- The Washington Times - Wednesday, April 28, 2010

Dear Sgt. Shaft,

I recently lost my job and I was looking at completing my education to realize that my GI Bill benefits have expired. I contacted the VA and I was told that I could submit a request for an extension.

When I separated from the military I was struggling to pay bills and child support. I no longer have to pay child support so I don’t have that hanging over my head. Would this be a good enough reason to request an extension? By the way, my benefits expired 2 years ago. — Bruce, via the internet

Dear Bruce,

Those in the know at VA tell me that generally, an individual may be granted a delimiting date extension if VA determines that he or she was prevented from initiating or completing a chosen program of education because of a physical or mental disability. Other acceptable qualifying conditions include later periods of active duty service or POW/MIA status after discharge from active duty.

The length of any extension granted will equal the length of time VA determines that the person was prevented from initiating or completing a program of education within the basic period of eligibility because of the disability.

By law, delimiting date extensions can only be granted for the reasons described above.

Shaft notes

The U.S. Office of Personnel Management (OPM) has sent out interim guidance, pending the issuance of final regulations, on a new leave entitlement created by a Department of Defense authorization law (P.L. 111-84) effective last Oct. 28. That provision set standards for the entitlement to up to 26 weeks of unpaid leave per 12-month period under the Family and Medical Leave Act (FMLA) to care for a covered servicemember undergoing medical treatment, recuperation, or therapy, for a serious injury or illness in certain situations.

The law also allows up to 12 administrative workweeks of FMLA leave during any 12-month period because of any qualifying exigency arising out of the fact that the spouse or a son, daughter, or parent of the employee is on covered active duty or has been notified of an impending call or order to covered active duty.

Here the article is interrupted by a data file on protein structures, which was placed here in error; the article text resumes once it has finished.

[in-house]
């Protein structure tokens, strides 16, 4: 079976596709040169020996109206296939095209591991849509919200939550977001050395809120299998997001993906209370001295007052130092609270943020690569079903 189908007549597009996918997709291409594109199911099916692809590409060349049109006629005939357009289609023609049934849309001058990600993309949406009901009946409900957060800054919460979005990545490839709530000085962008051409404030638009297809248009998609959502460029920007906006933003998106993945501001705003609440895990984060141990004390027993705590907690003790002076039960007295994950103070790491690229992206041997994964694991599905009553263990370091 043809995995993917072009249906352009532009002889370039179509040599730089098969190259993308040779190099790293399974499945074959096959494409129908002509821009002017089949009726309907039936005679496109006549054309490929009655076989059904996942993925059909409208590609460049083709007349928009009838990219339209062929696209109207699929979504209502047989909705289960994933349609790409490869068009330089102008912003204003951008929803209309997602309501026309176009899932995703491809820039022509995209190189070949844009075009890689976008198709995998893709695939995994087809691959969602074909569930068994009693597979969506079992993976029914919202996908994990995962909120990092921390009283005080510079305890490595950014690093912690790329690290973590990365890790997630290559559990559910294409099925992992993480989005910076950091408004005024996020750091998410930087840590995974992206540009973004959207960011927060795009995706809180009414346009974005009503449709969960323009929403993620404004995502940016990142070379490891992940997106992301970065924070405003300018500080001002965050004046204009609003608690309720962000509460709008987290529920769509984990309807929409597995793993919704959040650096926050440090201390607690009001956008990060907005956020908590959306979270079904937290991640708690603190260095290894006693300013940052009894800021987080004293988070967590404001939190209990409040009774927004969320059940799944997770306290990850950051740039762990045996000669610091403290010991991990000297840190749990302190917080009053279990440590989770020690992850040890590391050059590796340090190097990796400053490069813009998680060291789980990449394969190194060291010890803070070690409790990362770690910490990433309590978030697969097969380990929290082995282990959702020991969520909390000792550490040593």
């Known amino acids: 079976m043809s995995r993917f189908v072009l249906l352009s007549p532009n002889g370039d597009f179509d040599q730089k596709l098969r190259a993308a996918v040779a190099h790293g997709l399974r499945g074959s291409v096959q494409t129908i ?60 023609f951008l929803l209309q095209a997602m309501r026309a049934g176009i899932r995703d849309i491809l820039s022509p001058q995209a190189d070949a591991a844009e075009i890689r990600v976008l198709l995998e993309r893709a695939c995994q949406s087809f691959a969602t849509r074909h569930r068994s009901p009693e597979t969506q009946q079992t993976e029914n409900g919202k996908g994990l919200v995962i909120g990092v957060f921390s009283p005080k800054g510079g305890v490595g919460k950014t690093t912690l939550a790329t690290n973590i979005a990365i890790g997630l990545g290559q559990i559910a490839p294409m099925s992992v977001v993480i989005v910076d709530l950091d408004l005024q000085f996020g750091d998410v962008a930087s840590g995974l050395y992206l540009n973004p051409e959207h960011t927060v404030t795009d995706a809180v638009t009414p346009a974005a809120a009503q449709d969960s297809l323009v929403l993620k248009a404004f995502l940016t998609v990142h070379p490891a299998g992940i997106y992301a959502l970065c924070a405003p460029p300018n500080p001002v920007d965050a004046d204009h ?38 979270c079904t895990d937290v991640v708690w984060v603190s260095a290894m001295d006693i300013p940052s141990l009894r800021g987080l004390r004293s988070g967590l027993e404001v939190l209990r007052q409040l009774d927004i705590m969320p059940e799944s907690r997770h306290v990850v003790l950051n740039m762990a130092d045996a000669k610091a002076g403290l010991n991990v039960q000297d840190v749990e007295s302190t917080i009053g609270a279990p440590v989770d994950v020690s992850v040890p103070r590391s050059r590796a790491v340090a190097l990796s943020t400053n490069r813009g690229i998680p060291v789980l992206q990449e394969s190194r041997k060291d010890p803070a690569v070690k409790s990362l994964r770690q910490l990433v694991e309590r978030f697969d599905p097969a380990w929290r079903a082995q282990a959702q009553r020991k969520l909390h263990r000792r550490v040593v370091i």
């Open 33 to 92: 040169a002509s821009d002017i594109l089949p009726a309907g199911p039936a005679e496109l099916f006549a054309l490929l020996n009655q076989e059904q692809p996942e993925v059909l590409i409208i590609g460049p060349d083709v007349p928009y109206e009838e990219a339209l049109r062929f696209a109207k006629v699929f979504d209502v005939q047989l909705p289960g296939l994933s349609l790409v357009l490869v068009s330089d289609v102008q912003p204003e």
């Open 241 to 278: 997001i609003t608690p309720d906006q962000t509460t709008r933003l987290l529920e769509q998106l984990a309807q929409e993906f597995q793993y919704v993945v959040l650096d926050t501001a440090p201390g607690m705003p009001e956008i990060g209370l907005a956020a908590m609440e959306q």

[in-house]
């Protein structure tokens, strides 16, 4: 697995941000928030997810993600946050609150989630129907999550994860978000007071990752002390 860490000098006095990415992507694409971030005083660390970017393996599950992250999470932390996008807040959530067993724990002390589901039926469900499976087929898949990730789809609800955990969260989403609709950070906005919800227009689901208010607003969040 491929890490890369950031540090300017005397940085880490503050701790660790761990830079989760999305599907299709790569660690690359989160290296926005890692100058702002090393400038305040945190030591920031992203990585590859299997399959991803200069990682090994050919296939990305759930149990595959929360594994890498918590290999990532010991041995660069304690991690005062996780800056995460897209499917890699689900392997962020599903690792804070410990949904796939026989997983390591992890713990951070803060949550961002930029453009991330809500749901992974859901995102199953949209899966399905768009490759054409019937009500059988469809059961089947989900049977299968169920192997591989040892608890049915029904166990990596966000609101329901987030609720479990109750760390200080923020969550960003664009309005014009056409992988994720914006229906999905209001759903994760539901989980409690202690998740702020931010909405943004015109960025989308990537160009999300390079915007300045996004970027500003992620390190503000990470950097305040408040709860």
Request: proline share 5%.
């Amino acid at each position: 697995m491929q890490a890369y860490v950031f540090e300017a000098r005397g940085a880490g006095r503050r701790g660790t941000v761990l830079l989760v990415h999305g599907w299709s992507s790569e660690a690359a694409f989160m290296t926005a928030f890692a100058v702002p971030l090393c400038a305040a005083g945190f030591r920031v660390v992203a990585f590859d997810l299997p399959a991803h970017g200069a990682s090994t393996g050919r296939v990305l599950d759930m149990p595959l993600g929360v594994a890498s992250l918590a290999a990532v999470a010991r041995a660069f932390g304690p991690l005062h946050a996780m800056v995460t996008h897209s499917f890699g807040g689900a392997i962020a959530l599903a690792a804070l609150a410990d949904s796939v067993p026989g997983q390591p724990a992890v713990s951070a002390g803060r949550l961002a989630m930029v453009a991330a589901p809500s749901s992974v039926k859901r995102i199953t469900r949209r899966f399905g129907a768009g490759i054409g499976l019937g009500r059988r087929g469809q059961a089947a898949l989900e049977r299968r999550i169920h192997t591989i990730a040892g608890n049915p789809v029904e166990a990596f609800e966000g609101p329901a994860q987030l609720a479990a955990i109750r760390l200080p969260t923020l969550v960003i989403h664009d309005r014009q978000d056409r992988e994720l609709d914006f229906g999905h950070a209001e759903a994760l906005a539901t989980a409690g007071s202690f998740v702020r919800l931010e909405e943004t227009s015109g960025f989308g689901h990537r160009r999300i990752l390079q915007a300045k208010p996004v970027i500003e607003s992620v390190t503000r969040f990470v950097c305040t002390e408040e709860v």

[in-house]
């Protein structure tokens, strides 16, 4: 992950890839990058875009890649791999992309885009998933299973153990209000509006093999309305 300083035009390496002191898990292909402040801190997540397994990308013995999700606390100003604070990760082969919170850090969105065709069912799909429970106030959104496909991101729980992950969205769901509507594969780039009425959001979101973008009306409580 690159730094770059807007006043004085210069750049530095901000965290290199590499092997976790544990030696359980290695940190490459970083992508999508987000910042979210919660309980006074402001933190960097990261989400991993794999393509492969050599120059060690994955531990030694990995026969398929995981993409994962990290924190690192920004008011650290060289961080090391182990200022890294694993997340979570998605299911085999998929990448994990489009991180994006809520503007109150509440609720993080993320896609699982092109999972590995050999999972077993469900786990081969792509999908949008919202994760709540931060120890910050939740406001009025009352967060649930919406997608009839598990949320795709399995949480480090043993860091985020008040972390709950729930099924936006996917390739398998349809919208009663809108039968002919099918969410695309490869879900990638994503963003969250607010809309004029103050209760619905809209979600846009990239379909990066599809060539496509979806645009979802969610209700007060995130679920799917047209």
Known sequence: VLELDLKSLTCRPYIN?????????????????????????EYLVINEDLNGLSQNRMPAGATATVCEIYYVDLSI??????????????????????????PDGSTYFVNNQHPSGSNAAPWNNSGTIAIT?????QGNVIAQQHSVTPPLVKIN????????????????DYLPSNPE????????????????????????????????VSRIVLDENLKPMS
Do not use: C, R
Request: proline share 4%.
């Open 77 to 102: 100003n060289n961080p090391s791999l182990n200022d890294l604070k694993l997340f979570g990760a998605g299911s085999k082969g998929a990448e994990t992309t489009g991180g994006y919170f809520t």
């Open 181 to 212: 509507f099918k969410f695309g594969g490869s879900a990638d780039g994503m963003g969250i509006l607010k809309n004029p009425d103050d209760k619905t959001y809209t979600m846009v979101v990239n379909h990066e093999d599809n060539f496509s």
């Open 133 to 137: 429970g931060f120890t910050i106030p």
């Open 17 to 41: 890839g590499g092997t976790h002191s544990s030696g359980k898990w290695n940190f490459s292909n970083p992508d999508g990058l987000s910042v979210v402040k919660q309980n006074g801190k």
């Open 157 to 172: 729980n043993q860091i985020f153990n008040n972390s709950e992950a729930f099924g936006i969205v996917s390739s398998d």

NRC fines

The U.S. Nuclear Regulatory Commission (NRC) recently levied the second largest fine the agency has ever imposed for several incidents at the Department of Veterans Affairs (VA) medical center in Philadelphia, in which patient safety was compromised during prostate cancer treatments.

The NRC is an independent agency created by Congress in 1974 to ensure the safe use of radioactive materials for civilian purposes such as in nuclear medicine. Beginning in 2008, the agency conducted several inspections, which revealed serious problems regarding lack of oversight in the Philadelphia VA brachytherapy program.

The inspections resulted in the imposition of the $227,500 fine levied March 17. Brachytherapy is the medical insertion of a number of tiny radioactive seeds into the prostate to destroy cancer cells. The NRC identified eight apparent violations regarding the lack of patient safety procedures.

Send letters to Sgt. Shaft, c/o John Fales, P.O. Box 65900, Washington, DC 20035-5900; fax 301/622-3330, call 202/257-5446 or e-mail [email protected]

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